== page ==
Nation, P. (2007). The four strands. Innovation in Language Learning and Teaching, 1(1), 2-13. Nation, P. & Crabbe, D. (1991). A survival language learning syllabus for foreign travel. System, 19(3), 191-201.
Norris, J. & Ortega, L. (2000). Effectiveness of L2 instruction: A research synthesis and quantitative meta-analysis. Language Learning, 50, 417-528.
Nunan, D. (1999). Second language teaching & learning. Boston: Heinle & Heinle. Oxford, R. (2003). Language learning styles and strategies: Concepts and relationships. International Review of Applied Linguistics, 41, 271-278.
Oxford, R. (1990). Language learning strategies: What every teacher should know. New York, NY: Newbury House Publishers.
Oxford, R. (1989). Learning strategy inventory for language learners. Retrieved July 2, 2009, from http://ell.phil.tuchemnitz.de/cing/frontend/questionnaires/oxford_quest.php
Paris, S., Lipson, M., & Wixson, K. (1994). Becoming a strategic reader. In R. Ruddell, M. Ruddell, & H. Singer (Eds.), Theoretical models and processes of reading: 4th Edition, (pp. 788-810). Newark, Delaware: International Reading Association.
Paris, S., Wasik, B., & Turner, J. (1991). The development of strategic readers. In M. Kamil, P. Mosenthal, P. Pearson, & R. Barr (Eds.), Handbook of reading research: Vol II (pp. 609-640). New York, NY: Longman.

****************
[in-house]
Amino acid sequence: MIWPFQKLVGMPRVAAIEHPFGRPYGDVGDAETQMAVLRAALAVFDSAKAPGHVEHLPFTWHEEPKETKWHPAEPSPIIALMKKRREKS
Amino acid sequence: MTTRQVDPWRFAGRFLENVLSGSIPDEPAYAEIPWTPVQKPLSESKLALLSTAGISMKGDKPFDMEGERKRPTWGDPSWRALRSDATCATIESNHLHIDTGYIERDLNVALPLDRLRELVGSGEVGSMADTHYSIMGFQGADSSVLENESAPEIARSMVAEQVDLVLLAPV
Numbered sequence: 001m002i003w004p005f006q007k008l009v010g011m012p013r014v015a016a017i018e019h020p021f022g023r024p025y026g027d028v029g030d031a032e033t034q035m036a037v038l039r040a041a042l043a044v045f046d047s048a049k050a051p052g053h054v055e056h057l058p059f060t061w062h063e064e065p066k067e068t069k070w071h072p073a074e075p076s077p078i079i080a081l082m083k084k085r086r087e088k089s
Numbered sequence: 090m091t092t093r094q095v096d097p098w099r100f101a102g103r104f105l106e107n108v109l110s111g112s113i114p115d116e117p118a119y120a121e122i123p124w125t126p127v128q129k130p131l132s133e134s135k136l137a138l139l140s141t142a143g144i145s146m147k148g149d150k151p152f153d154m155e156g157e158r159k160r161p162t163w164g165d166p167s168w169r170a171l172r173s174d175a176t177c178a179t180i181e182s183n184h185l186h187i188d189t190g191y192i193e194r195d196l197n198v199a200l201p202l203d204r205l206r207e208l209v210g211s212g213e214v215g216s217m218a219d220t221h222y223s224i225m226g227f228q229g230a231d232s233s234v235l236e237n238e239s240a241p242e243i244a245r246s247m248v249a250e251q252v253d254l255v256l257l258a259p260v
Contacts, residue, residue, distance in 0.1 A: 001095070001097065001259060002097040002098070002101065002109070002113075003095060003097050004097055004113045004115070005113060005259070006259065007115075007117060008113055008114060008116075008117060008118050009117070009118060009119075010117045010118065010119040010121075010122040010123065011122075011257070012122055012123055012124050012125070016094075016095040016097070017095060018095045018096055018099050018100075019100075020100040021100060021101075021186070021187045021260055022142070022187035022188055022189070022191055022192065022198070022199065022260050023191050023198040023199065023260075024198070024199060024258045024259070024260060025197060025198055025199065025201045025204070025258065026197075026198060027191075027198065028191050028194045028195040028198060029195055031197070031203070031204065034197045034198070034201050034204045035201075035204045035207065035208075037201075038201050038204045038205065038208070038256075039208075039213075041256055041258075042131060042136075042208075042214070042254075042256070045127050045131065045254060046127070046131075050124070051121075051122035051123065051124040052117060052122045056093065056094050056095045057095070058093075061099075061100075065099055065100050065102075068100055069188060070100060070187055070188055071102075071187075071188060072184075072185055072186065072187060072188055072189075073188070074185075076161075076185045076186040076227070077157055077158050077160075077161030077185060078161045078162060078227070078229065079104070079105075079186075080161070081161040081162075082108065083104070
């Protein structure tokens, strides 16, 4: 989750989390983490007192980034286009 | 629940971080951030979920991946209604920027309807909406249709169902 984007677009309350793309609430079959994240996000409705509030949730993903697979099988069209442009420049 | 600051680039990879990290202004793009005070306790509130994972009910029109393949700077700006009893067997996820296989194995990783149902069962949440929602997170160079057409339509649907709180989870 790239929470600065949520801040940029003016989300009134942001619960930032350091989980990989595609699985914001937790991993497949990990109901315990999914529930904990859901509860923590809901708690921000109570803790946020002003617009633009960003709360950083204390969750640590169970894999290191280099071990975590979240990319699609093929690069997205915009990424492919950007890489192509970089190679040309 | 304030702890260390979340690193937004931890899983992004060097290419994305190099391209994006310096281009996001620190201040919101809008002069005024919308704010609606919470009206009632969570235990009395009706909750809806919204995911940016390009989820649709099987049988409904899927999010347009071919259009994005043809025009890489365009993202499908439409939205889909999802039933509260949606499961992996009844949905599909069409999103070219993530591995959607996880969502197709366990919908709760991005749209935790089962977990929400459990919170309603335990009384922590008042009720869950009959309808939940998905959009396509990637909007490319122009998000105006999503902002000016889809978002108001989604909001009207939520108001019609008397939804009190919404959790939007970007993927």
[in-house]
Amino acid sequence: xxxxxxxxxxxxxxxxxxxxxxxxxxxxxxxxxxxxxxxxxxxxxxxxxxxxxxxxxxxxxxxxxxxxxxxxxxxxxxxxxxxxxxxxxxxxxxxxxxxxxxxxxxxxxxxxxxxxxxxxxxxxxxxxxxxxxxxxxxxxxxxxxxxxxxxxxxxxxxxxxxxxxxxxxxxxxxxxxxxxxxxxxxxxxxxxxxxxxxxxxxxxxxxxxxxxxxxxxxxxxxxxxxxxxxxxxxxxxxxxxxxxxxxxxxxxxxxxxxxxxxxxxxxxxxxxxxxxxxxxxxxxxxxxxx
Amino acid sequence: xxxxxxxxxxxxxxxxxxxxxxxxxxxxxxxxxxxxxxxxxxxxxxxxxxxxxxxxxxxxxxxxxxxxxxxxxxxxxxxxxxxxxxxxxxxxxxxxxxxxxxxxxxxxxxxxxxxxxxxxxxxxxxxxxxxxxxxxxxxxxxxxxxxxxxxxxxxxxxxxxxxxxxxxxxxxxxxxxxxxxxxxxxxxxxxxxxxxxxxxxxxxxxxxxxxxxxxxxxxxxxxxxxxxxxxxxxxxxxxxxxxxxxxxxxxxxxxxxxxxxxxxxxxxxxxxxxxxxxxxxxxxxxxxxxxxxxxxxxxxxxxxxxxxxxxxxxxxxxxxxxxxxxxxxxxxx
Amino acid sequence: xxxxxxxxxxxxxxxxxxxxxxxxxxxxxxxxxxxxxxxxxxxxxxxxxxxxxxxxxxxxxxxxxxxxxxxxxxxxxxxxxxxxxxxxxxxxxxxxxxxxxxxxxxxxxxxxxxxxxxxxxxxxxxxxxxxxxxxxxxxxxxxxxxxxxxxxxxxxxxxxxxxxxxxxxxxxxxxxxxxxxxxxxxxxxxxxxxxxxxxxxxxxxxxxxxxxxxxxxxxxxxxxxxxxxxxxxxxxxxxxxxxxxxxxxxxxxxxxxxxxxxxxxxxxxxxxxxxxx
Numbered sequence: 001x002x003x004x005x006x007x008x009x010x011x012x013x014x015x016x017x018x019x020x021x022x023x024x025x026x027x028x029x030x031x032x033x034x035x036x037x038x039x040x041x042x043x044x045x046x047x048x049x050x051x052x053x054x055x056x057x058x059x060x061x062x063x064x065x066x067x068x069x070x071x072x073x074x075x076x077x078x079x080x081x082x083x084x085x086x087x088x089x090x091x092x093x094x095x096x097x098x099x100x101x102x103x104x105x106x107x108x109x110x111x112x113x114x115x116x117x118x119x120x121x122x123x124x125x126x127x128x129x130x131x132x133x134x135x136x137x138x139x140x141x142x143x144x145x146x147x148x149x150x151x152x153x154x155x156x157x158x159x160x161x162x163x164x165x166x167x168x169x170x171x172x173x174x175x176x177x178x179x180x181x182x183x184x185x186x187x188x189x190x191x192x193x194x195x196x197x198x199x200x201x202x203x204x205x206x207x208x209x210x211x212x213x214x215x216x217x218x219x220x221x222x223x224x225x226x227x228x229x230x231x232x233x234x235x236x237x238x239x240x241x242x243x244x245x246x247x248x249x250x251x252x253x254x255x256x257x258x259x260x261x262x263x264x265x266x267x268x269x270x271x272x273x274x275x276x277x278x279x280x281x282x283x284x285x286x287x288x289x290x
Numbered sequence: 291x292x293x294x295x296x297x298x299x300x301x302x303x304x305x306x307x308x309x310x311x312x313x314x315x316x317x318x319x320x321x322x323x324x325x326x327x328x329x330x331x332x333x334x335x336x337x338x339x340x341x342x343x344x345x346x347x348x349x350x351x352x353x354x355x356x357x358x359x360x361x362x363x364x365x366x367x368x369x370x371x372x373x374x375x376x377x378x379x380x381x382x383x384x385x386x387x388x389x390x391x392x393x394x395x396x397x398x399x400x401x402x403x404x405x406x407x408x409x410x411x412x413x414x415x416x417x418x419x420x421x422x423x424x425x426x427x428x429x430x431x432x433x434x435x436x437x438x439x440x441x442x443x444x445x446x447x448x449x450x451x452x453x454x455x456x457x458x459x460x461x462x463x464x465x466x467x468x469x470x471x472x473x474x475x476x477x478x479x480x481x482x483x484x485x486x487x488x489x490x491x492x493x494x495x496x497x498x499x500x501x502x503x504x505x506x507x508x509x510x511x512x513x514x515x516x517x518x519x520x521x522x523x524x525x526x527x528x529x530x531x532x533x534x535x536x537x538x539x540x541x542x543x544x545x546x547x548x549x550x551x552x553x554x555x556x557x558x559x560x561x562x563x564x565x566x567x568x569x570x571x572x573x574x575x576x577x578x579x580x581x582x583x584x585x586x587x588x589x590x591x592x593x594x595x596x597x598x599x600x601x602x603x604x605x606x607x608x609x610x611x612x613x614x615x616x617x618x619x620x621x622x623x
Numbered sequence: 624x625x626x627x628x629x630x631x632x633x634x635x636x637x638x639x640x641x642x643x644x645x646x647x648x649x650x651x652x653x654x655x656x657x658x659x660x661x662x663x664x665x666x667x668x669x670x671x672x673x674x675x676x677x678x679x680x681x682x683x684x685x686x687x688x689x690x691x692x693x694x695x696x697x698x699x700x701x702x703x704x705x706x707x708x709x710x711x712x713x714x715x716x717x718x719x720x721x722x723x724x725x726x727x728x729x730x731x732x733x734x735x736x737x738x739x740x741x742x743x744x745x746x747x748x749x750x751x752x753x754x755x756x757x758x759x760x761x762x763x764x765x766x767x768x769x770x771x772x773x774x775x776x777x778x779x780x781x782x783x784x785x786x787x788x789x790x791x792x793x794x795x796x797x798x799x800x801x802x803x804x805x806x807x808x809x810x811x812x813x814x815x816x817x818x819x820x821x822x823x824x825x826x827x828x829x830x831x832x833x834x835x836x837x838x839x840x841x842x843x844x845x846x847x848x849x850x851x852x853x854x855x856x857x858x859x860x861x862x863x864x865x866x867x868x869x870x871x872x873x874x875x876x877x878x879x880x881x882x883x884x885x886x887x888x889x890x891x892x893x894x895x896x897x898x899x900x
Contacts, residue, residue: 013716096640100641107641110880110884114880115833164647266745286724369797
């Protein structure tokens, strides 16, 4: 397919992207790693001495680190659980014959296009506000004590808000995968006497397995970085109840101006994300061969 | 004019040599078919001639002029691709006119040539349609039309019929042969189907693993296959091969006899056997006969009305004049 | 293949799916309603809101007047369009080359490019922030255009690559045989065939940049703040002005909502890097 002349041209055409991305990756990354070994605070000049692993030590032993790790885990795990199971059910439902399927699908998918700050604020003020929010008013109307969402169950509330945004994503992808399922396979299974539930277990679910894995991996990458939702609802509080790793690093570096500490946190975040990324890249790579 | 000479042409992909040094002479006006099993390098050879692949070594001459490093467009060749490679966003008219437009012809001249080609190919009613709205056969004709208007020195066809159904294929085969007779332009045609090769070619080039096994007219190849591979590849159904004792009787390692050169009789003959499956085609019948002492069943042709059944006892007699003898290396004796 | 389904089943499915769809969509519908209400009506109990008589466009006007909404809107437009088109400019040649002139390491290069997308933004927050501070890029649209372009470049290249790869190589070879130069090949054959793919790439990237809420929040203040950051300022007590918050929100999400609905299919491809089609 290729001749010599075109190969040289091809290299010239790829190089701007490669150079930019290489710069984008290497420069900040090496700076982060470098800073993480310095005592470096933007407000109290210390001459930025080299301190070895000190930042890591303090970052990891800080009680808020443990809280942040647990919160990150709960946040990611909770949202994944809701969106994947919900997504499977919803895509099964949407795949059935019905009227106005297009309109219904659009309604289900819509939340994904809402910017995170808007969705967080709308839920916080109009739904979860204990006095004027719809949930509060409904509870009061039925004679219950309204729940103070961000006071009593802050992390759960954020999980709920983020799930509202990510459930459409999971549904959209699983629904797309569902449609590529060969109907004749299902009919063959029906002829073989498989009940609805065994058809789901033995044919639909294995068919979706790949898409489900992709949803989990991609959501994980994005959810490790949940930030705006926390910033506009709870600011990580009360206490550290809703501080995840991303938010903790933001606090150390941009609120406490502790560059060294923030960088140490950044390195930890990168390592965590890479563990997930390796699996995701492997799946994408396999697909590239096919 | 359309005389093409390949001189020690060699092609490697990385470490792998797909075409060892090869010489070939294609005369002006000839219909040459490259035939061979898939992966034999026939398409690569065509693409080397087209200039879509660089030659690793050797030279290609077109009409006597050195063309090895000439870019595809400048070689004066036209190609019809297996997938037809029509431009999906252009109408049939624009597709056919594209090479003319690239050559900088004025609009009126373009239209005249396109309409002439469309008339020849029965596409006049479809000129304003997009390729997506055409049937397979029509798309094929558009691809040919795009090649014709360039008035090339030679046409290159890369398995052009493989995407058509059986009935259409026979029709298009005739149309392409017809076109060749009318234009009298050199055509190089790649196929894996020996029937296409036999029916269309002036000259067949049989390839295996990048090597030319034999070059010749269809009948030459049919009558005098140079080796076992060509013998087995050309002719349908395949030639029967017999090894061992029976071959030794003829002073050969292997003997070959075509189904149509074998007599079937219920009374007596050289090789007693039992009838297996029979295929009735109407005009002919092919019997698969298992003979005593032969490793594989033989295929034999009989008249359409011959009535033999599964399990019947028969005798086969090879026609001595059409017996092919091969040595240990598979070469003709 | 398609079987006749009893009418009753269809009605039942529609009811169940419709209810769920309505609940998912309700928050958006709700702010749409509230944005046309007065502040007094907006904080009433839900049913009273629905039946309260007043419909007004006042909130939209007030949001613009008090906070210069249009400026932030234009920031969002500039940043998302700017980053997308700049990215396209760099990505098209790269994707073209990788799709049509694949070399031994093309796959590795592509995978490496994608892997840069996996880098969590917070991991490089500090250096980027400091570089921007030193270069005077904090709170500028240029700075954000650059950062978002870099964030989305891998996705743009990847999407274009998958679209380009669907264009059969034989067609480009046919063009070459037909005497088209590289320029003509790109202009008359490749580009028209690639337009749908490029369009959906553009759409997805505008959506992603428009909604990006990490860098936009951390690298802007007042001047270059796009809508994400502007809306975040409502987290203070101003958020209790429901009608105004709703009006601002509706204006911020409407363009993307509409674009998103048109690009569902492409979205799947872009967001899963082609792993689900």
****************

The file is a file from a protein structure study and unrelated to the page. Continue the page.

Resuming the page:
Parry, K. (1991). Building a vocabulary through academic reading. TESOL Quarterly, 25(4), 629-653. Reading Strategies Curriculum
Powell, S. (2005). Extensive reading and its role in Japanese high schools. The Reading Matrix, 5(2), 28-42.
Prince, P. (1996). Second language vocabulary learning: The role of context versus translation as a function of proficiency. The Modern Language Journal, 80, 478 -493.
Romero-Ghiretti, G., White, V., Berg, B., Domínguez Quintana, R., Grayson, B., & Weng, M. (2007). Research and theory driven insights: Ten suggestions for L2 reading instruction. The Reading Matrix, 7(3), 44-54.
Rosenblatt, L. (1994). The transactional theory of reading and writing. In R. Ruddell, M. Rapp Ruddell, & H. Singer (Eds.), Theoretical models and processes of reading: 4th Edition (pp. 1057-1092). Newark, Delaware: International Reading Association.
Rubin, J. (1975). What the ‘good language learner’ can teach us. TESOL Quarterly, 9(1), pp. 41-51.
Ruddell, R., Rapp Ruddell, M., & Singer, H. (1994). Introduction. In R. Ruddell, M. Rapp Ruddell, & H. Singer (Eds.), Theoretical models and processes of reading: 4th Edition (pp. 812-815). Newark, Delaware: International Reading Association.